[2352] John only once says fteVetr /actu 3 , the reason being perhaps 

one of the Jews." These last two renderings necessitate that the two must be 
described as going together to John and saying "Rabbi" etc. 

[2350 d] Chrysostom supposes that the "Jew" was one of Christ's followers, 
one whom the disciples of John tried ineffectually to persuade. But this view, 
besides not explaining fj.trd, fails to explain why the evangelist here alone uses 
the word "Jew" instead of " a disciple of Christ," the term he elsewhere applies 
(xix. 38) to Joseph of Arimathaea. 

1 [2351 a] Even where Peter is represented as (xviii. 18) " alongwith " the High 
Priest's servants (as Judas is "alongwith' 1 '' the soldiers that arrest Jesus) fierd 
probably suggests blame, "making himself their companion" And, with the 
article, the notion of companionship is strengthened. 

- [2351 />] Mori, "once," occurs in this narrative, a little earlier (ix. 13) "him 
that was once blind (t6v nore rv<p\6v)." And the context implies that, whereas 
"the once blind" had been caused to see, so, "those who had once seen"— i.e. 
those who, being Pharisees, had once been disciples of the Lord— had been made 
blind. Ii would therefore make good sense to read o'i irore per avrov ovres, and 
irore might have been dropped owing to its similarity with OT6C of which it 
seemed a repetition. Hut there is no variation in the MSS. except that A places 
6vra before per' avrov. 

:! [2352,?J |n xi. 54 "and there he abode with (utrd) the disciples" is shewn 
by the following words ("Now the passover of the Jews was nigh") to denote 
a brief period. 



that jxera mostly implies companionship, friendly conversation, aid 
etc., for a special occasion, unless the contrary is implied by adding 
"for ever" etc. 1 When the Paraclete (i.e. Friend and Helper) is first 
mentioned, it is with p-erd, but qualified by " for ever," then with Trapd, 
"at home with," then with ev, as follows, xiv. 16 — 17 "another 
Paraclete will he give to you that he may be in companionship with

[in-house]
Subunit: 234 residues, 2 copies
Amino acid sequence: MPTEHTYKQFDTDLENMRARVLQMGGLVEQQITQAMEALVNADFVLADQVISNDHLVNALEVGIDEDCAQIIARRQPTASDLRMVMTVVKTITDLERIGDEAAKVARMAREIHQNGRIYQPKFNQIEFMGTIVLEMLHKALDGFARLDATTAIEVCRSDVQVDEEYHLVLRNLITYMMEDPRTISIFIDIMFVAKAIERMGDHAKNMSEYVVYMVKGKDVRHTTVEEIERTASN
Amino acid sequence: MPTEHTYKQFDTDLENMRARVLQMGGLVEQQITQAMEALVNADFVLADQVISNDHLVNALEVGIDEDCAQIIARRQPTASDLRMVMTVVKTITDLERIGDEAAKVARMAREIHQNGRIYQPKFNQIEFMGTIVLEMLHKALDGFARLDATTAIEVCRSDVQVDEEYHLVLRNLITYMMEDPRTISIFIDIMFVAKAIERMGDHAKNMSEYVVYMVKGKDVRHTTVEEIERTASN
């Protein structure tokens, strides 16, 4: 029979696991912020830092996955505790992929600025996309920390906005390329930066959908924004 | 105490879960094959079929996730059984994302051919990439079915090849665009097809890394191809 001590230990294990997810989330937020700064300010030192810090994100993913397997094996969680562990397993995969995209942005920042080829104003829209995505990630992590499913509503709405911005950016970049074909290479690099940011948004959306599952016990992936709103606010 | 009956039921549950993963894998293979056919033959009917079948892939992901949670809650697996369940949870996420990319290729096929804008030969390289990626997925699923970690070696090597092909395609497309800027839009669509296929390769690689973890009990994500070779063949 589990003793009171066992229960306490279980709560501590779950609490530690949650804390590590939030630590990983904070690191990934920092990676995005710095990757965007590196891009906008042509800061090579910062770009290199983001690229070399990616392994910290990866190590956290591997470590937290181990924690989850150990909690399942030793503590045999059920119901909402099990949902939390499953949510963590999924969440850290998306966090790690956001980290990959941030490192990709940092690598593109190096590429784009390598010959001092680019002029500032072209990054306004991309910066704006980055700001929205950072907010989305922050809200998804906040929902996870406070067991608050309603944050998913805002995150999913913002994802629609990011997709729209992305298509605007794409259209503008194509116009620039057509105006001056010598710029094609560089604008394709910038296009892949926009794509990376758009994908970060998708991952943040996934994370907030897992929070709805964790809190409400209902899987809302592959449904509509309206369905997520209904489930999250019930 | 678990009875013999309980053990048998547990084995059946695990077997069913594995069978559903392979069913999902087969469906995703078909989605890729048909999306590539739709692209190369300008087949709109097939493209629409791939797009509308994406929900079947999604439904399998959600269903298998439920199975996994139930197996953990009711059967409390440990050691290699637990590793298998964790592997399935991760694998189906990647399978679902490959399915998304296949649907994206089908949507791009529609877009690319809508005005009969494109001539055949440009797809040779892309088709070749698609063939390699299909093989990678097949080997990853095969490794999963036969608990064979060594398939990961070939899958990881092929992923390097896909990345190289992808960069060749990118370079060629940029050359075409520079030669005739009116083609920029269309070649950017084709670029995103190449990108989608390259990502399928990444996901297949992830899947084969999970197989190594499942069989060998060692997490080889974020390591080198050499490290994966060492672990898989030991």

you (p.eff i/xwv) for ever, even the Spirit of truth, which the world is 
not able to receive, because [the world] doth not behold it or under- 
stand it. Ye understand it because it abides, as in a home, with you 
(ivap vjxZv /xevet) and in you it [really] is (kcu ev v/xiv eo-nv, v.r. co-rat, 
W.H. txt eWv)." 

[2353] Here are three stages of revelation. The first is, that the 
new Friend — instead of being the companion of the disciples for 
a few months (like the Lord in the flesh) (//.era) — would be their 
companion, guide, and prompter, "for ever (eh tov alwva)." The 
second is, that since the companion was the Spirit of Truth and 
the disciples had a spiritual affinity with Truth, they were al- 
ready in sympathy with the Spirit, and it was already (in the eyes of 
the Lord who saw things as they were) at home ivith them (irapd). 
The third statement is, that the Spirit was indeed essentia//)/ " in 
them," i.e. in their inmost being (ev) 2 . The MSS., except BD, read 
(xiv. 17) e'o-Tat "shall be in you." But "ye understand it because it 
shall be in you " makes very poor sense. Our Lord has previously 
used the present tense to the disciples ("Ye are") telling them that 
they are (xv. 3) "pure" by reason of "the Word" that He has, as it 
were, spoken into the hearts of all but Judas. This " word " is 
regarded as being the beginning of the Spirit, which, therefore, He 
now says, "in you [essentially] is." 

(xiii) Ilapd 

(1) TTApA with Accusative 

[2354] This construction is never used by John. Whereas Mark 
and Matthew have "by the sea (irapa rrjv OdXao-aav) " with verbs of 

1 [2352 5] In xii. 7 "The poor ye have always with you (/J-ed' v/j.Qv)" is 
omitted (1688 b) by SS and D. If it were genuine it would be Jn's only mention 
of vrwxoi in Christ's words. 

2 [2353a] In some contexts, ev v/mv might mean "among you all" and not 
" in you individually." But the whole passage indicates that the three prepositions 
describe three stages of spiritual help for each one of the disciples individually, 
the Spirit being (r) "by his side," (2) "at home with him," (3) "in his heart." 
Moreover, the Johannine ev almost always means "in," not " among." 



rest or motion, and Luke twice has " standing by the lake (co-no's, or 
eo-Ta>a, 7rapa rrjv Xifxvrjv) 1 " John, though he at least once describes 
Jesus as standing by the sea, never uses irapd thus. It has been 
shewn (2340 — 6) that once at least (and probably twice) he uses em 
with the genitive to mean " on the edge of the sea." 

(2) TT<\pA with Dative 

(a) TTApA with Dative and mgta with Genitive, see 2352 — 3 
(/3) Synoptic and Johannine use 

[2355] In the Synoptists, 7rapa tw Oew, or tw irarpi, "with God," 
or "with the Father," mostly suggests "in the sight of God," "in the 
estimation of the Father," not "in His, [so to speak, literal] presence." 
But in John the sense is local and metaphorical, as in viii. 38 " that 
which I have seen with (irapd) the Father," that is " in the home of 
my Father," or "by the side of my Father." It means the spiritual 
region that we call "heaven." Compare xvii. 5 "glorify me...^_y thy 
side (irapd creavTw). . .with the glory that I had by thy side (irapd 0-01)." 
In xix. 25 " Now there stood (laTrJKetaav 8e) by the cross (irapd t<3 
aravpw) of Jesus his mother...," there occurs the only instance in 
N.T. where irapd is used with an impersonal dative. It is quoted by 
Chrysostom with irapeaT7]Kevai and the dative. Is it possible that 
" the cross " had already acquired a shade of suggestion of a " sign " 
or military " standard," so that when Christ's disciples had abandoned 
Him in the conflict, the women are described as still " standing by 
the cross," as soldiers "stand by the colours"? 

(3) n<*pA with Genitive